Periodical: The Alpine Review
by Tara Milroy / August 15, 2013
Although many say that print media is on its way out, the hardcopy magazine The Alpine Review was launched in 2012, in line with its own overarching theme of 'changes in thought, systems, and creations around the world.'

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The bi-annual publication's managing director and co-editor, Louis-Jacques Darveau, writes in the introduction to the inaugural issue, '...there is an uncanny feeling that something profound is taking place at this very moment. This is not a gradual evolution. This is an accelerating shake-up spanning industries and cultures: a massive tearing-down, redesign and renovation of processes, systems, structures, and perspectives.'


The Alpine Review contains excellent discourse on the complexities and transitions faced by today's society, and articulates these issues in an accessible voice that resonates with the reader. Transformations in our way of thought and way of life, and an overhaul of societal systems and conceptions are at the backbone of all the magazine content, while the topics discussed span a variety of disciplines like design, art, agriculture, consumption, fashion, branding, technologies, business, urban culture, and magazines themselves.


The first issue is encompassed by theme of 'Antifragility,' a notion conceived by author and statistician Nassim Nicholas Taleb, that The Alpine Review describes as 'anything that benefits from variability.' The magazine has interwoven this notion into the fabric of their discourse, illustrating that our rapidly moving world is more volatile than ever before, and unknown variables are more frequent than ever before. Systems, of thinking, producing, functioning, that will withstand are those that can thrive and flourish from the turbulence of change - those that are anti-fragile.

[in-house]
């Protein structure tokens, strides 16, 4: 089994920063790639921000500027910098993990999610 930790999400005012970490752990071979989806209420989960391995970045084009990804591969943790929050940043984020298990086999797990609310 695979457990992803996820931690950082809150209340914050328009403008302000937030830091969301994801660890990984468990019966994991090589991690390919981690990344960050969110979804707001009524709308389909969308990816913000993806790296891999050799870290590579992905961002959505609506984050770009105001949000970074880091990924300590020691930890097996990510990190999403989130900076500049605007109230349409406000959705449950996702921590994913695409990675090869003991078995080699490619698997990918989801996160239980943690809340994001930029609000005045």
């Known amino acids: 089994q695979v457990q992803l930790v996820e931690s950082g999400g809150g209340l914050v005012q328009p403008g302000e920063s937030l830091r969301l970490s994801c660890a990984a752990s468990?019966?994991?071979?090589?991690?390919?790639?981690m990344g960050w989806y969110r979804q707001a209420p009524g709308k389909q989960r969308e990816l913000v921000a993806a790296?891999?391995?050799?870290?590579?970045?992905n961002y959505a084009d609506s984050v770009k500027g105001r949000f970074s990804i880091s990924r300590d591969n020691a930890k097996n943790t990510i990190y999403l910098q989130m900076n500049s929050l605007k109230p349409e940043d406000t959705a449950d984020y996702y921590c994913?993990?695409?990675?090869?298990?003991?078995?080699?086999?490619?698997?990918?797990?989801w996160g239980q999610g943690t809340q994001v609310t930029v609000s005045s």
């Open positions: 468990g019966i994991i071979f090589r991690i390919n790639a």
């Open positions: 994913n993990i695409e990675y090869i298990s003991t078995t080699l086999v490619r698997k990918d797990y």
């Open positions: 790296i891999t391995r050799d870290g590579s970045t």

Published in Montreal, printed in Barcelona, and addressing globally relevant issues, The Alpine Review is international in its themes and its readership. At nearly 300 pages of articles, interviews, commentaries, and photo essays, the magazine tangibly expresses durability through its own design. It does not have the disposable quality of some print magazines, but rather a sense of permanence, as do the ideas expressed within its pages.


The Alpine Review is a forward thinking collective voice for change, as well a societal re-evaluation of how we react to change. The discourse is one that very well has the potential to foster openness, connectedness, sustainability, and a back to basics re-design of how we think about life.


MOCO readers can get 10% off the purchase price of Issue #1 of The Alpine Review by using promo code "MOCOTEN" at until October 10, 2013.

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